JIS News

Story Highlights

  • The bamboo industry has the potential to significantly boost the economy and generate employment.
  • In January 2012 Jamaica became the 38th member of the International Network for Bamboo and Rattan (INBAR).
  • The most successful countries of INBAR are India, China, Indonesia, Ecuador and Brazil.

The Bureau of Standards Jamaica (BSJ) is on a mission to resuscitate the bamboo industry in Jamaica, which has the potential to significantly boost the economy and generate employment.

Jamaica, in January 2012 became the 38th member of the International Network for Bamboo and Rattan (INBAR) – an inter-governmental organization headquartered in China, comprising countries that have bamboo and/or rattan resources in quantities that can be commercialized.

Through its network of member countries, organizations and individuals from all continents of the world, INBAR develops and assist in the transfer of appropriate technologies and solutions to benefit the peoples of the world and their environment.

The BSJ has been designated by the Ministry of Industry, Investment and Commerce (MIIC) to be the focal point for INBAR in Jamaica and has already received transfer of technology models, documents and publications that have assisted the organization to collaborate with private sector companies to produce prototypes of bamboo-made products, such as plywood, tiles, flooring, board, knives, spoons, student chairs and desks and other engineered products using the local variety of bamboo (bambusa vulgaris).

Team Leader for INBAR Focal Point Jamaica, Mr. Gladstone Rose, points out that Jamaica is poised to benefit from this lucrative industry. “The country has approximately 106,000 acres or 50,000 hectares of the valuable, renewable resource which grows rapidly and is a good substitute for wood which we obtain from cutting down trees that take 20 to 40 years to grow,” he tells JIS News.

“The economy stands to gain a lot from the membership of INBAR, as the countries that are in it all report that they are able to create jobs, protect their environment and get sustainable development because of bamboo,” the Team Leader adds.

Mr. Rose explains that the most successful countries of INBAR are India, China, Indonesia, Ecuador and Brazil, and with the knowledge, technology and standards to be obtained, Jamaica should be able to match those countries eventually.

“For China, it is a US$ multi-billion industry as it exports about US$10 billion worth of bamboo products and consumes about $2 billion worth per year,” Mr. Rose informs, adding that bamboo has contributed significantly to Brazil’s gross domestic product (GDP), and is a means of alleviating poverty in India.

Bamboo products on display by the Bureau of Standards (BSJ), which is spearheading the renewed thrust to revive the bamboo industry.

He points out that since the project’s inception, the Focal Point has collaborated with private stakeholders and the Glengoffe community to develop training modules and produce bamboo product prototypes from the local variety of bamboo.

The team is now seeking venture capital to supply already identified markets locally and in the United States.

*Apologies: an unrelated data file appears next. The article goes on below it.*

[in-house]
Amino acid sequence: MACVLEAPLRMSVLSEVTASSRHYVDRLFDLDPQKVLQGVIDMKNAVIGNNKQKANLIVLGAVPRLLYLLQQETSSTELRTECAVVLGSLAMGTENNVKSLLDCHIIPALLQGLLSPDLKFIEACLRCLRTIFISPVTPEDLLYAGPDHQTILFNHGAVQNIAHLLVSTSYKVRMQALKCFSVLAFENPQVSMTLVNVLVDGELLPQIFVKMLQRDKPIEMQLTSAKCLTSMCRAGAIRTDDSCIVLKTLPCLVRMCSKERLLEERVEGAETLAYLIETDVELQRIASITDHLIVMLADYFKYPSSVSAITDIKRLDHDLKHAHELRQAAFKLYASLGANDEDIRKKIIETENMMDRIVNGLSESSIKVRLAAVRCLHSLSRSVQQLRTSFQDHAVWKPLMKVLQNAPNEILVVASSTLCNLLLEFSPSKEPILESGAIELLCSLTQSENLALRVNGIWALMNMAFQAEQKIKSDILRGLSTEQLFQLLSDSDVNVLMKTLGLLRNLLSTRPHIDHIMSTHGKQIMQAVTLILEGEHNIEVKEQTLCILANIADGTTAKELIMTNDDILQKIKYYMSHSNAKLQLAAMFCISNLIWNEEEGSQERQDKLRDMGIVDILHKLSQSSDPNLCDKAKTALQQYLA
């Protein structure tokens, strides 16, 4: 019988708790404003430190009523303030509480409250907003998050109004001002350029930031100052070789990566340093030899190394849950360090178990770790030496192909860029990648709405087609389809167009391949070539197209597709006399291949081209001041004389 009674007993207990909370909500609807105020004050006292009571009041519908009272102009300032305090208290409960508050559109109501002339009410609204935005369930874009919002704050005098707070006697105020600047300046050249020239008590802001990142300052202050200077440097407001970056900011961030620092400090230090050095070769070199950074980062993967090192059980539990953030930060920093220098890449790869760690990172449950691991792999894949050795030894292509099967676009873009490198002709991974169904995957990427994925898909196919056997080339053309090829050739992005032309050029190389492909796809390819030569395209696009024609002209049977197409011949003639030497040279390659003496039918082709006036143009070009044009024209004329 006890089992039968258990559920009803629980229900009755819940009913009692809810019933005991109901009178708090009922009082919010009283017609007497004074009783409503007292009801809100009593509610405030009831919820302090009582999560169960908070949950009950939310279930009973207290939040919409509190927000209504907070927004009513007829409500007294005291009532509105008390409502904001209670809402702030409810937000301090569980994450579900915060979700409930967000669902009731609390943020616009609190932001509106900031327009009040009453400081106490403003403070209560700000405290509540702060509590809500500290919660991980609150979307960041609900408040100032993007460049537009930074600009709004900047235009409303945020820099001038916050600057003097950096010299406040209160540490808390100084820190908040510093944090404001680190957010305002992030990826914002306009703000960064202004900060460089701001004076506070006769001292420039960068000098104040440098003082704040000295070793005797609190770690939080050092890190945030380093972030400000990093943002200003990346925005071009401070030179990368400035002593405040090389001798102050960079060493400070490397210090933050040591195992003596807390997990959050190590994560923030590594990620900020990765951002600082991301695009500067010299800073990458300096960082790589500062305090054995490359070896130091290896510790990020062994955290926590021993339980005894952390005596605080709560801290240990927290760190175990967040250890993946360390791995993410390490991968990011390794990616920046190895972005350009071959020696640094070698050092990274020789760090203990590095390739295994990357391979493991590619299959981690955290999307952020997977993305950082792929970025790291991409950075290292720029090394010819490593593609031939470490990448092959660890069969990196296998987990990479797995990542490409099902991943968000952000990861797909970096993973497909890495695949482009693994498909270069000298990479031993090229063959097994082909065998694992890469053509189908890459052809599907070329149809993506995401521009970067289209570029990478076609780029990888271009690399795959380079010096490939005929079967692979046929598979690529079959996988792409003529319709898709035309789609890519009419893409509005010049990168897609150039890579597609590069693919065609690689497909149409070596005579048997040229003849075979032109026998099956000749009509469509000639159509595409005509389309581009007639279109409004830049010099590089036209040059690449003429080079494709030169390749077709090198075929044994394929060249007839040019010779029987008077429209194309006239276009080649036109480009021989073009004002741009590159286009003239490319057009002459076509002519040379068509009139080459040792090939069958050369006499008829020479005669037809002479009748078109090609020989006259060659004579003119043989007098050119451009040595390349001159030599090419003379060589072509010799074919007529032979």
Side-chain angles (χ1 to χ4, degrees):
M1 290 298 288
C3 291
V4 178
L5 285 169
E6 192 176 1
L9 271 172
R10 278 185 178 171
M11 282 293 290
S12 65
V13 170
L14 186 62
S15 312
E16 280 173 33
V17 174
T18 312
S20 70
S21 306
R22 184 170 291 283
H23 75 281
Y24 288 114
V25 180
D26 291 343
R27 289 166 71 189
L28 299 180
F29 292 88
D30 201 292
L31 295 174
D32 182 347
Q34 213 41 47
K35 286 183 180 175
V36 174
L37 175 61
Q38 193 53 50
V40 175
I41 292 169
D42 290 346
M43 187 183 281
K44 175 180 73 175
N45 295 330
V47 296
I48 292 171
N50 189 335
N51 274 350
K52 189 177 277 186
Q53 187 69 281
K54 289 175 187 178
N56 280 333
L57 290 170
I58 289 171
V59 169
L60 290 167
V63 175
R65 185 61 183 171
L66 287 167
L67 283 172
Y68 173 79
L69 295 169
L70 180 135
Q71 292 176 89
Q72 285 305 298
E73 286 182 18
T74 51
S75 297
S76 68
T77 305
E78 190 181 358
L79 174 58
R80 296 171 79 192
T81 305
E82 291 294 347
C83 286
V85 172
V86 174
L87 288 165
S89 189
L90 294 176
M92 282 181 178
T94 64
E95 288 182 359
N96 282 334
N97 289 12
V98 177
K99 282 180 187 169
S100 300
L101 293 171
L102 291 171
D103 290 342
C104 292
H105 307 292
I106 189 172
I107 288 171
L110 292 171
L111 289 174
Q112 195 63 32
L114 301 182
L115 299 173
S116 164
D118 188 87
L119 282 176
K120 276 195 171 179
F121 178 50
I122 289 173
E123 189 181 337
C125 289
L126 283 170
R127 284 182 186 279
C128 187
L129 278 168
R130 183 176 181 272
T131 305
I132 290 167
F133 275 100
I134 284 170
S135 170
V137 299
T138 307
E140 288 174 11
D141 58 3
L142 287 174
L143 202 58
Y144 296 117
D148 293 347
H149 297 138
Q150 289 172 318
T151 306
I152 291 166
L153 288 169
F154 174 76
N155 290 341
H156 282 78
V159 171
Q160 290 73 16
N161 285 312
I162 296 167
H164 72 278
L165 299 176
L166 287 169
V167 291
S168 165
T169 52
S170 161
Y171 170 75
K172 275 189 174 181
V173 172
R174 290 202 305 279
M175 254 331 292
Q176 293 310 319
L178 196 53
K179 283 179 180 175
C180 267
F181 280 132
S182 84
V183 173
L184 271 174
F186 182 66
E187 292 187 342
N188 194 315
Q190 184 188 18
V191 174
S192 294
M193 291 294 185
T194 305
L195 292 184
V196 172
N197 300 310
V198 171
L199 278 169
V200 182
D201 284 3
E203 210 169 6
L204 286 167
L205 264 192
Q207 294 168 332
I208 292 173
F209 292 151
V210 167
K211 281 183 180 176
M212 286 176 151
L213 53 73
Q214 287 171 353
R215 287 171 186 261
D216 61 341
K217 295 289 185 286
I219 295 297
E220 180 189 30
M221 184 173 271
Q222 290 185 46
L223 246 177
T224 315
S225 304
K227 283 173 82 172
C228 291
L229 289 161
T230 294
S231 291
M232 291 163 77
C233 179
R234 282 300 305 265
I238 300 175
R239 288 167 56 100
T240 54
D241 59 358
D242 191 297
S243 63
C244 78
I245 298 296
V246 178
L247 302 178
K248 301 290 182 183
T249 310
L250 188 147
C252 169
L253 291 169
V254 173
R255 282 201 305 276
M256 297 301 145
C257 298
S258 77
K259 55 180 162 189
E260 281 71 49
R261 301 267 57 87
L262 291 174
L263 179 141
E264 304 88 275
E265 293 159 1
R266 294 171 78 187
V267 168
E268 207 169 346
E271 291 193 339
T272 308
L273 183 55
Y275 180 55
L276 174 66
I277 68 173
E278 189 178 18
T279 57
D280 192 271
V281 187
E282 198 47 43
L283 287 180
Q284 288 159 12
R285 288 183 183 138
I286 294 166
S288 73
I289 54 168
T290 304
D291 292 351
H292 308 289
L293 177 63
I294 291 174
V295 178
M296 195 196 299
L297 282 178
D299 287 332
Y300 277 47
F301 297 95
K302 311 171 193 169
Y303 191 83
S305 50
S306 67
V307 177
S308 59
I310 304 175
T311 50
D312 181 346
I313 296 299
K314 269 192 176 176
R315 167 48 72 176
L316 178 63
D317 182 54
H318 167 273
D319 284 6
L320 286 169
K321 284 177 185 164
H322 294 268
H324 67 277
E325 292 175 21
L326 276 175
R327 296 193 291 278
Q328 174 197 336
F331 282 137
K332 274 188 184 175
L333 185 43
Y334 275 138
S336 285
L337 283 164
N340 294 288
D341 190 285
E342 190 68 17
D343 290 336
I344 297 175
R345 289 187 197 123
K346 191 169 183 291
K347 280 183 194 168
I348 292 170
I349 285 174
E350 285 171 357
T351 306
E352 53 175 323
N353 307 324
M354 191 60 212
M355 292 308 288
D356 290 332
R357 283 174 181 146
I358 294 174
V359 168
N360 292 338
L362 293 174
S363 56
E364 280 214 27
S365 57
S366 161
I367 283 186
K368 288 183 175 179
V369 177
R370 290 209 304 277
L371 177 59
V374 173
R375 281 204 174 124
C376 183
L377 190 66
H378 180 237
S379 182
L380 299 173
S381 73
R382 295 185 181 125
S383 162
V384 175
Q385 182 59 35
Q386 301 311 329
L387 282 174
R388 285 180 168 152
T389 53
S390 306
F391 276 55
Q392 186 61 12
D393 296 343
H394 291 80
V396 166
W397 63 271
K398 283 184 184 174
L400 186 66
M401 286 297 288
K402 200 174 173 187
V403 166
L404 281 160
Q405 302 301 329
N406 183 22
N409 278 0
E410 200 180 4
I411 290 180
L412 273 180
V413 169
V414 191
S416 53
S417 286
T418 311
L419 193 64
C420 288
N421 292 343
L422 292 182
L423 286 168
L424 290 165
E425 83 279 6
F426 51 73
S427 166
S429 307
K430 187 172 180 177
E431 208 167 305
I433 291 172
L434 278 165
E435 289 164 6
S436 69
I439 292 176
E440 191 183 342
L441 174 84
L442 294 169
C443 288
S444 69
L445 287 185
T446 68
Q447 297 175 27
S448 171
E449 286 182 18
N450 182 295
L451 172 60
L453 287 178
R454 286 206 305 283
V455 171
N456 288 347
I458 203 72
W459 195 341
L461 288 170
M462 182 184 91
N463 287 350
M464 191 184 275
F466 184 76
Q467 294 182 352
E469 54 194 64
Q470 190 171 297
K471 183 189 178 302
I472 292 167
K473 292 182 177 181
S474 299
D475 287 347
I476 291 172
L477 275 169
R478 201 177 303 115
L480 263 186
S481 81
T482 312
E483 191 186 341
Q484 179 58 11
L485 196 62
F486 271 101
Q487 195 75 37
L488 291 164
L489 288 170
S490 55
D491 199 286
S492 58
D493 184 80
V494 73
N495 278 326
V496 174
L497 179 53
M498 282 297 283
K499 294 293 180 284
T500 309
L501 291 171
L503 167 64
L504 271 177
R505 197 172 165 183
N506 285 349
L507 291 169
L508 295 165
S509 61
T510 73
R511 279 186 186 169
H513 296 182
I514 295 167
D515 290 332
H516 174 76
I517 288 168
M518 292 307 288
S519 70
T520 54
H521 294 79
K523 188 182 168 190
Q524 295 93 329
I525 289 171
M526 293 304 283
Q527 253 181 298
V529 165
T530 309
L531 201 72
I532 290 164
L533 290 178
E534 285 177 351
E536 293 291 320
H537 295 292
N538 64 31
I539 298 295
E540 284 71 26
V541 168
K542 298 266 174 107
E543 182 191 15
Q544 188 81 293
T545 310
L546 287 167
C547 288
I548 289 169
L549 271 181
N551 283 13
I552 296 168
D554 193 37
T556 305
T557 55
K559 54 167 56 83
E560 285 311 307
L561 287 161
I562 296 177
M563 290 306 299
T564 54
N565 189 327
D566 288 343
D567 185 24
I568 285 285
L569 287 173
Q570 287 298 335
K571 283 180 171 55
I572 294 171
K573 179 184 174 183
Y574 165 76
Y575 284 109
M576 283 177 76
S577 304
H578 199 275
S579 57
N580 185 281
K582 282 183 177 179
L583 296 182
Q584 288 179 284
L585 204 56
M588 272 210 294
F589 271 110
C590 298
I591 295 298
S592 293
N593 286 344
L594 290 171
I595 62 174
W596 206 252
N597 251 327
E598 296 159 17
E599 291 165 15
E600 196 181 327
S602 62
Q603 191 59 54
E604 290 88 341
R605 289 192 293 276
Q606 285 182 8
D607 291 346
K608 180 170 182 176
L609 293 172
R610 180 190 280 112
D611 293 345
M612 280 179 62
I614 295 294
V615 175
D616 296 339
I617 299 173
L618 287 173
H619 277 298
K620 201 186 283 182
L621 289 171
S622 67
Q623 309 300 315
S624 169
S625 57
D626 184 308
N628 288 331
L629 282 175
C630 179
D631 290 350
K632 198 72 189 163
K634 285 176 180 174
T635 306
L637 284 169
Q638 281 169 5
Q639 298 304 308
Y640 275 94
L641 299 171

“We were successful in making the bamboo plywood, then one of our members took that plywood and made furniture, such as student chairs and desks, which we showed to the Ministry of Education and this resulted in an order of 1,000,” Mr. Rose tells JIS News, noting that this is the start of the development of an entire value chain.

The pilot training programme using materials received from INBAR began in April 2012 in Glengoffe and will be delivered to community development committees over the next two years.

President of the Glengoffe Community Development Committee, Roosevelt Lawrence, says the community has been on board with the BSJ from the initial stage, with particular interest in the production of bamboo charcoal.

“We are in the process of developing some products for the local market and have started burning the coal. We also plan to reap the bamboo and distribute it to the manufacturers in Kingston and wherever else we can, because we have a lot of bamboo,” Mr. Lawrence notes.

“This project will create employment within the community as there are no factories or means of employment other than farming, so the community stands ready to benefit,” he tells JIS News.

Bamboo charcoal, one of the products developed as part of the bamboo resuscitation project by the Bureau of Standards Jamaica (BSJ).

Local Manufacturer and team member of INBAR Jamaica, Roger Chang, fully endorses the initiative and is integral in getting potential markets on board.

He says that he saw the potential of the bamboo charcoal, began packaging the product and sold it to several local supermarkets and jerk centres.

“It so happened that there was a visitor to Jamaica (Jim), who found it in one of the supermarkets, bought some, tried it out on some jerk chicken and loved it, then went back to the United States with plans of making a business out of it,” Mr. Chang informs.

“He (Jim) projected, after research, that there is a market for six million pounds of bamboo charcoal…so we should be producing to fill that order right now,” he tells JIS News.

Mr. Chang points out that the next item on the list is bamboo briquettes. “I have a standing order right now for five containers of briquettes a month, so it is just a matter of time before we finish the research and development and start producing that for export,” he notes.

He says there are also plans to supply a North American company with bamboo coffee stirrers, while work continue in securing markets for “simple stick products, such as tooth picks and chops sticks.”

Persons who are interested in the bamboo resuscitation initiative should call the BSJ at 926-3140 to get details on the registration and training programmes.

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